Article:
The internet is wrought with all kinds of dangers for your mobile phone, laptop or tablet, as well as for your personal information. Earlier this month, renowned industrialist Nikhil Nanda, who is also Escorts Groups joint managing director, became the latest victim of internet crime when some UK-based cyber criminals cheated him into divulging his email password, and then sent out mails to his contacts seeking money transfer for a relatives operation in Manchester.
Even otherwise, July 2013 was a busy month for security breachesit was reported that Club Nintendo had been breached with the personal data of up to four million stolen by attackers; the forums of Ubuntu were hacked with the loss of 1.82 million user names, passwords and email addresses. Additionally, Apple announced that their developer website has had an unknown amount of personal data stolen.
The crux of the matter is that the internet at large is under threat. The global dependence on technology and specifically the internet has grown manifold over the last two decades. As a result, there have been a flurry of dangerous attacks which have been planned and executed, intending to cripple global organisations through the internet.
Few are aware but it has been 25 years since the discovery of the first computer worm which spread through the internet. Famously named Morris worm after its creator, Robert Tappan Morris, a student from Cornell University, it was supposedly an attempt to measure the scope of the internet. But when unleashed, it managed to infect close to 6,000 computers as collateral damage. The code contained a bug that allowed the worm to infect a single machine multiple times and spread to other computers through the internet. And this was just the beginning!
In 1999, the Melissa Virus affected about 20% of computers worldwide. Email servers around the world were forced to shut down in order to prevent the virus from spreading, as well as to remove the virus from their system. In 2004, the MyDoom worm, slowed down global internet access by 10%, and caused website access to be reduced by 50%. This led to a cumulative loss of a mammoth $38 billion worldwide.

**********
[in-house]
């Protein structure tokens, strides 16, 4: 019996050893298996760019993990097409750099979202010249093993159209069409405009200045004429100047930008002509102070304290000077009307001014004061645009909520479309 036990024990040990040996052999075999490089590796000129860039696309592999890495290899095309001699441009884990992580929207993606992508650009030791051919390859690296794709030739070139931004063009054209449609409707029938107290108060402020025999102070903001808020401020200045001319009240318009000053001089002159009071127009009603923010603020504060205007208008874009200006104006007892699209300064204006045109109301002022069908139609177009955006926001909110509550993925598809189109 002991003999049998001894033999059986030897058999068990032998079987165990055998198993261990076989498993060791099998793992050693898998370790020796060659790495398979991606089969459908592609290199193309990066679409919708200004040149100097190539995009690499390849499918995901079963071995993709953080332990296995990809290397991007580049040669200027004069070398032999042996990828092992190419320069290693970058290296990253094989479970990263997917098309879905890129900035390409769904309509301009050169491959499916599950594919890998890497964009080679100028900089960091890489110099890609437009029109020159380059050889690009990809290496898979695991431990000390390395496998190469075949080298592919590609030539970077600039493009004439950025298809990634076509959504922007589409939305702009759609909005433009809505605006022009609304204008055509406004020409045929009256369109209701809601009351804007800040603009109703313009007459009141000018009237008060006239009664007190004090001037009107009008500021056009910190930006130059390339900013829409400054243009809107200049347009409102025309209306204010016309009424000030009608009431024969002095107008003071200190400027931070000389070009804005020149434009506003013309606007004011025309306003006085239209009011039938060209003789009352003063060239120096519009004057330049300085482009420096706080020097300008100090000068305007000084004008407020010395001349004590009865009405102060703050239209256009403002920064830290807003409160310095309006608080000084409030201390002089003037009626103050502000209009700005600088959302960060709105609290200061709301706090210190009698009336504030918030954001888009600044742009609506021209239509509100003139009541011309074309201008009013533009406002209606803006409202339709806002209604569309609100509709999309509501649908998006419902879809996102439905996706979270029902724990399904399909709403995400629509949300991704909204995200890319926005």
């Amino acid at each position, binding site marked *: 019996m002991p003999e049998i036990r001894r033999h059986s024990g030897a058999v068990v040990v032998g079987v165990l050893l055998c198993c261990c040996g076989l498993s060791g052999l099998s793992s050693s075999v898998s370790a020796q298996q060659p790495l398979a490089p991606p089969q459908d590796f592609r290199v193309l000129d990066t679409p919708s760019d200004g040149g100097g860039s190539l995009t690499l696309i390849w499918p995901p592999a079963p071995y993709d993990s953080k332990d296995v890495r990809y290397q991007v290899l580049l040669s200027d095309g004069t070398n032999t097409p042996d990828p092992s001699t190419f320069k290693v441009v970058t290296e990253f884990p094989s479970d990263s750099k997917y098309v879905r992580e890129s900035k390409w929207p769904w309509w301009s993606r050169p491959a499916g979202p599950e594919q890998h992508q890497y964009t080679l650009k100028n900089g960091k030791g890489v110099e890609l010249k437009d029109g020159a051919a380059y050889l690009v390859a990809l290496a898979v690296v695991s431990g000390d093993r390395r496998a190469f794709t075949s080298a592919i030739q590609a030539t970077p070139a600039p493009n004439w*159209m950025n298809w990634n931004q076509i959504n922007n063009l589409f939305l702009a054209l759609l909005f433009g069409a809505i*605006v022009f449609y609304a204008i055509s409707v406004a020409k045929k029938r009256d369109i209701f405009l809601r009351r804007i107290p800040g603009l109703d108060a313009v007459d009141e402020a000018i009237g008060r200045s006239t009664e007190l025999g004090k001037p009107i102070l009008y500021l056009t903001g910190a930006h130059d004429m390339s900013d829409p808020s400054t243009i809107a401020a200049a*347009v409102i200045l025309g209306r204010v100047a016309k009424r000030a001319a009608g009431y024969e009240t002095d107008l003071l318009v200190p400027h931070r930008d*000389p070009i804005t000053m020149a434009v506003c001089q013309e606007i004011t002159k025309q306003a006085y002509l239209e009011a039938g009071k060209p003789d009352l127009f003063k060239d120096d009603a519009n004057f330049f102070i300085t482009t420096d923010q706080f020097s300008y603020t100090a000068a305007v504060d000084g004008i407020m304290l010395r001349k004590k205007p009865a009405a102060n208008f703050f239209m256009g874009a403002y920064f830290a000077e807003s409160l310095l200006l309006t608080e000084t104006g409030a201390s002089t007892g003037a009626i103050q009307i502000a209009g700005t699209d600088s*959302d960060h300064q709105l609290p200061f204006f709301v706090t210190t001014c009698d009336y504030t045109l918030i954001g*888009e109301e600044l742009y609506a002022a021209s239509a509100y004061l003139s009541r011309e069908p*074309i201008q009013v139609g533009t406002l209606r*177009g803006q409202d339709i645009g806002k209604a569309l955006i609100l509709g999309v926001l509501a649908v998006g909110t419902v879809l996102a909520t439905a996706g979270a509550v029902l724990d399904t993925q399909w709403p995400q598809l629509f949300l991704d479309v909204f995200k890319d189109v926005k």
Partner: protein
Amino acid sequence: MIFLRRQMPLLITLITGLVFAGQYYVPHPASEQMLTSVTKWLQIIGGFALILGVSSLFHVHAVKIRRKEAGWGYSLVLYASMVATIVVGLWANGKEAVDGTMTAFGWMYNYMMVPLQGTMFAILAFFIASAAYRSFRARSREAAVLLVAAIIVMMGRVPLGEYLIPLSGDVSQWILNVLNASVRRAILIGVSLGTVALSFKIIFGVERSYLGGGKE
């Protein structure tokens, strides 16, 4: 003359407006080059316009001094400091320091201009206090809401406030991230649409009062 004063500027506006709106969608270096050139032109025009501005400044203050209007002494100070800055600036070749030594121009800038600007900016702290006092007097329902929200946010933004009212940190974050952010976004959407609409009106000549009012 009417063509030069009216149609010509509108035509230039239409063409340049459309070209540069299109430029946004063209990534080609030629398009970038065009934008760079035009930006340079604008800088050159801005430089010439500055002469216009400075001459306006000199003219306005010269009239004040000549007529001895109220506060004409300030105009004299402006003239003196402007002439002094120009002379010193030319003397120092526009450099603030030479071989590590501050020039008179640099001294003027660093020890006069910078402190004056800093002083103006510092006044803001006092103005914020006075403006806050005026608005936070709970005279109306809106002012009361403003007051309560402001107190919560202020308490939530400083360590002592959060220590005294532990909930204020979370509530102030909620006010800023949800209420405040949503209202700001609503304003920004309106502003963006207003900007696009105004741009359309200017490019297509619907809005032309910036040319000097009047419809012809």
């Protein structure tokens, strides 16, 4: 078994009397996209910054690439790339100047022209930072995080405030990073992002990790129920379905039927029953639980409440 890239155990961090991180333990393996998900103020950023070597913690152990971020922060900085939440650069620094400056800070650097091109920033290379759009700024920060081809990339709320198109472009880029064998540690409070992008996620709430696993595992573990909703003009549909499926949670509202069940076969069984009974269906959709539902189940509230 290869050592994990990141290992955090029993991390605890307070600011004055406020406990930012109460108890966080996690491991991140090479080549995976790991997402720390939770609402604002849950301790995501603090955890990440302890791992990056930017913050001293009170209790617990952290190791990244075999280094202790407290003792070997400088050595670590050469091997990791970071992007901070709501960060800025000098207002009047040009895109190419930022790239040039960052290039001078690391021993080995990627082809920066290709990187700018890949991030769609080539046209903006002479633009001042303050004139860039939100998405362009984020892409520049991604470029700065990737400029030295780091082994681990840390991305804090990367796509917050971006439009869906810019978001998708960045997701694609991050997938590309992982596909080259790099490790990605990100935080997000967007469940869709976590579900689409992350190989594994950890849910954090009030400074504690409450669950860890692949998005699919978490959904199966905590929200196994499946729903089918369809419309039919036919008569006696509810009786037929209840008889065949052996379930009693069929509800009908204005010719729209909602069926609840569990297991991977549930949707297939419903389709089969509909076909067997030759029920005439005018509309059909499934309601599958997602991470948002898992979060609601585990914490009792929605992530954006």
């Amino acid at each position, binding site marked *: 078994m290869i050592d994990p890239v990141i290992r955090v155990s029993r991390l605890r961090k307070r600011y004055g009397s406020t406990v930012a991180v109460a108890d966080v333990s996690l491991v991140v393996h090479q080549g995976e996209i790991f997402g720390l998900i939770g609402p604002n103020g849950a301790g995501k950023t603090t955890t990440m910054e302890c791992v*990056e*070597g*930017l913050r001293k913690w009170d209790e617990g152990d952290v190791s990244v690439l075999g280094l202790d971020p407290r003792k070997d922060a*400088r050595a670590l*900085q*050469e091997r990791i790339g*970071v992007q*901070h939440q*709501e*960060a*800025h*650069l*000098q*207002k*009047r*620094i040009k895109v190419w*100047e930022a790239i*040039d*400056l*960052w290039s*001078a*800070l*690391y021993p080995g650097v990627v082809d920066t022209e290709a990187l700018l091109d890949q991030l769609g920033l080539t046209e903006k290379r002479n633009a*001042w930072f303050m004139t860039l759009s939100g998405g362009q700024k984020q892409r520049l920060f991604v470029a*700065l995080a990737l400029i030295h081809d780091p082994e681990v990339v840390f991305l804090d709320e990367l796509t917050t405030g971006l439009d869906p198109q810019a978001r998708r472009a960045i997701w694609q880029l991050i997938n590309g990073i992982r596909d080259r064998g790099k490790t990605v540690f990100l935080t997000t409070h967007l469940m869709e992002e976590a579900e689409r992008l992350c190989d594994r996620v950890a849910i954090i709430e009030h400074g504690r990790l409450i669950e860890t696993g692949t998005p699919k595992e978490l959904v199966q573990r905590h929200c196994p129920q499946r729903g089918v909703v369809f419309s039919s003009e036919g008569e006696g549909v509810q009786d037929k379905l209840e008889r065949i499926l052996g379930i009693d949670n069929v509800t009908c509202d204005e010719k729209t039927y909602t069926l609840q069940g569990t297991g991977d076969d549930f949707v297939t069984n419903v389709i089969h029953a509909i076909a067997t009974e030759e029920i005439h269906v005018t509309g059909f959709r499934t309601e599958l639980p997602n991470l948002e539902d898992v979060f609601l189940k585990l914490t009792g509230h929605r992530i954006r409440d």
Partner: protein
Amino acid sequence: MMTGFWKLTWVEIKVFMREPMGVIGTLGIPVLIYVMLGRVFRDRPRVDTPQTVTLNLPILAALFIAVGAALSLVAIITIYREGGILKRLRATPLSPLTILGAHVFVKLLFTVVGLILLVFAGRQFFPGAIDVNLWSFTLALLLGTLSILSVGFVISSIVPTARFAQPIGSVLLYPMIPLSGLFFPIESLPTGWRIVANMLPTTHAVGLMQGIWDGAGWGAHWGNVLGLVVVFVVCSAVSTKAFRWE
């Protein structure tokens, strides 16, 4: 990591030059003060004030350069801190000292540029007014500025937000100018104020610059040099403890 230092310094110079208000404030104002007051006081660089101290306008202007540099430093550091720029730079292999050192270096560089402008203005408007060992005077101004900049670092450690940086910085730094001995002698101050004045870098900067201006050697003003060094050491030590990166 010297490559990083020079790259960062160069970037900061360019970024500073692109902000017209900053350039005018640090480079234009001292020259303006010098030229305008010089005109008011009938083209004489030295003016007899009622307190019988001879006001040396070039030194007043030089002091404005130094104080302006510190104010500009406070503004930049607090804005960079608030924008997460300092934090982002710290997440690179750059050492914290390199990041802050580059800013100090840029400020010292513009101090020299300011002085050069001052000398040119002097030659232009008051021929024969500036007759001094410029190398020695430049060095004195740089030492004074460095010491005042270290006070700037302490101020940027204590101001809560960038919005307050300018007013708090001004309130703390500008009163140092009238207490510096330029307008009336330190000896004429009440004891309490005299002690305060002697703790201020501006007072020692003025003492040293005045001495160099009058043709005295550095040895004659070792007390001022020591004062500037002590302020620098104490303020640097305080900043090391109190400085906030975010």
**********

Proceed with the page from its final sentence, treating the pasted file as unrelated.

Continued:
In March this year, the largest cyber attack in history, called a Distributed Denial of Service (DDoS) attack, was directed against Spamhaus, a firm engaged in the business of identifying sources of spam emails and blacklisting them. A DDoS attack involves thousands of computers around the world (infected previously via viruses) sending bogus traffic to a single website in the hope of overloading its servers. While the attackers could not disable CloudFlare, a software used by Spamhaus to
deflect the increased traffic, they went after the networks that CloudFlare connected to and began to attack the computer servers that provide this networks foundation. The attackers went after the London, Amsterdam, Frankfurt and Hong Kong internet exchanges, which route regional internet traffic and are also used by sites like Google, Facebook and Yahoo. While the attackers were unable to stall the internet completely, they slowed the internet down considerably.
This chronology shows a massive transformation, highlighting the increasing magnitude of threats which are ready to plague the next generation workplace. And each more serious than before. The proliferation of internet usage has led to the evolution of cyber attacks, with each one being highly sophisticated and pervasive in nature, says Srinivasa Boggaram, sales engineer team leadIndia, McAfee. McAfee labs record more than 100,000 new malware samples every day. Today cyberattacks have turned from an act of personal challenge and notoriety, to that of being commercially viable and highly targeted in nature.
Attackers continue to strengthen and evolve the techniques and tools they use to assault privacy, bank accounts, mobile devices, businesses, and organisations.
According to Diwakar Dayal, headsecurity business, Borderless Networks (sales), Cisco India & Saarc, the internet by nature is an extremely dynamic environment in terms of both topology and design, makes it that much more vulnerable (a weakness that a person can
exploit to accomplish something that is not authorised or intended as legitimate use of a network or